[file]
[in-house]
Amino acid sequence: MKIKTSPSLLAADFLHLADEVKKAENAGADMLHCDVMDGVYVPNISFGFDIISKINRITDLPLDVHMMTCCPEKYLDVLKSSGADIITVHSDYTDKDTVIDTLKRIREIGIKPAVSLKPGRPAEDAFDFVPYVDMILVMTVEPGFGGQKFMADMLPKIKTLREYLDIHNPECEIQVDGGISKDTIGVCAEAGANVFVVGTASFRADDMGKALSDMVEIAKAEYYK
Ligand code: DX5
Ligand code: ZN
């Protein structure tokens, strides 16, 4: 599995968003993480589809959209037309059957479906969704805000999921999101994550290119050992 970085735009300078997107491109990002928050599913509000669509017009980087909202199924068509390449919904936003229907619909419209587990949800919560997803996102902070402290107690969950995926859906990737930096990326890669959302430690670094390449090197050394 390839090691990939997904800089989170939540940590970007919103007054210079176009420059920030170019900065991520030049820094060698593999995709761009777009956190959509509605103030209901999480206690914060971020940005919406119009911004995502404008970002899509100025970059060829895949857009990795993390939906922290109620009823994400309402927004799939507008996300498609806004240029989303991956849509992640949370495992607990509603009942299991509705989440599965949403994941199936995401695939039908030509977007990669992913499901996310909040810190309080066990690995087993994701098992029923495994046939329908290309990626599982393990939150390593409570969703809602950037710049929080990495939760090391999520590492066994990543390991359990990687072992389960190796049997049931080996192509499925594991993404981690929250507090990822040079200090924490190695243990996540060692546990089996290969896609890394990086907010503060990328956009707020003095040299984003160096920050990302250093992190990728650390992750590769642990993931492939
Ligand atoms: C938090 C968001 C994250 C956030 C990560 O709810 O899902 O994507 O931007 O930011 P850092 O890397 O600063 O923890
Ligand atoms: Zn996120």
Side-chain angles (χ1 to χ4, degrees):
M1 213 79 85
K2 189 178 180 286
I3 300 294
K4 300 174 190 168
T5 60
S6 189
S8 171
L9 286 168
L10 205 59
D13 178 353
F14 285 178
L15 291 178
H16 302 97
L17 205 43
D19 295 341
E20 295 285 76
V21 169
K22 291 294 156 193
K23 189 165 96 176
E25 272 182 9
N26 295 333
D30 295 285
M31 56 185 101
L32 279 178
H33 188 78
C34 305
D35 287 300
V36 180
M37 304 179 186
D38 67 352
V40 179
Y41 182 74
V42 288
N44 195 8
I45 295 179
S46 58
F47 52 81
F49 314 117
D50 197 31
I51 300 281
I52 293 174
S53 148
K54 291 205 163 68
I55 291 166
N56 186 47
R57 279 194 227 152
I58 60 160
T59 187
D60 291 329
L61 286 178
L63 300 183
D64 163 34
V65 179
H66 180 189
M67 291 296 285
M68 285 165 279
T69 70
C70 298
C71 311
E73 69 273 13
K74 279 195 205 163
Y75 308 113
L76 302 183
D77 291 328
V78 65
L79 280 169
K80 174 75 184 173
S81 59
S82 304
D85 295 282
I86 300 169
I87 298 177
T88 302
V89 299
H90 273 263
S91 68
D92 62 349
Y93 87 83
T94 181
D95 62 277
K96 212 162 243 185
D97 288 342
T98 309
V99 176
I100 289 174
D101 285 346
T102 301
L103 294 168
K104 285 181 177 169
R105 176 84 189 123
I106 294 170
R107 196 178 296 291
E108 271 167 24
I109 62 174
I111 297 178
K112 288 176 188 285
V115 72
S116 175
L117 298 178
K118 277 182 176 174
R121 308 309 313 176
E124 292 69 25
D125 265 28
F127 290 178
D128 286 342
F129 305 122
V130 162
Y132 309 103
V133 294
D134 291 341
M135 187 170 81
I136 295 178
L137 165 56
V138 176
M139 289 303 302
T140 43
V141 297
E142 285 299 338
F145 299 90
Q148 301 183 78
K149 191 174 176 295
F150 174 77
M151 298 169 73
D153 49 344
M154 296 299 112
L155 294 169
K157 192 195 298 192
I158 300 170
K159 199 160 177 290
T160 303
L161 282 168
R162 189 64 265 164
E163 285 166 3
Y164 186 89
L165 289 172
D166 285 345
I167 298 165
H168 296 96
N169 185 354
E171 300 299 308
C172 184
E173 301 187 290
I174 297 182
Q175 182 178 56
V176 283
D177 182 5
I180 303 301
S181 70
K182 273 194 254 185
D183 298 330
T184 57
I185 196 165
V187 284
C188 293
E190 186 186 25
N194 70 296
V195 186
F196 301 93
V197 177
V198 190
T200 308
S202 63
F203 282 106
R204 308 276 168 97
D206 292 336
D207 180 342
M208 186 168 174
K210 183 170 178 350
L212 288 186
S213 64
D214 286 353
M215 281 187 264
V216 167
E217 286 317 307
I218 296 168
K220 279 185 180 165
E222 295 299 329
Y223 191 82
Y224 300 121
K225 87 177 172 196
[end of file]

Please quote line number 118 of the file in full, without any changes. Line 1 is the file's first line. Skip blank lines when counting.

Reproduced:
D134 291 341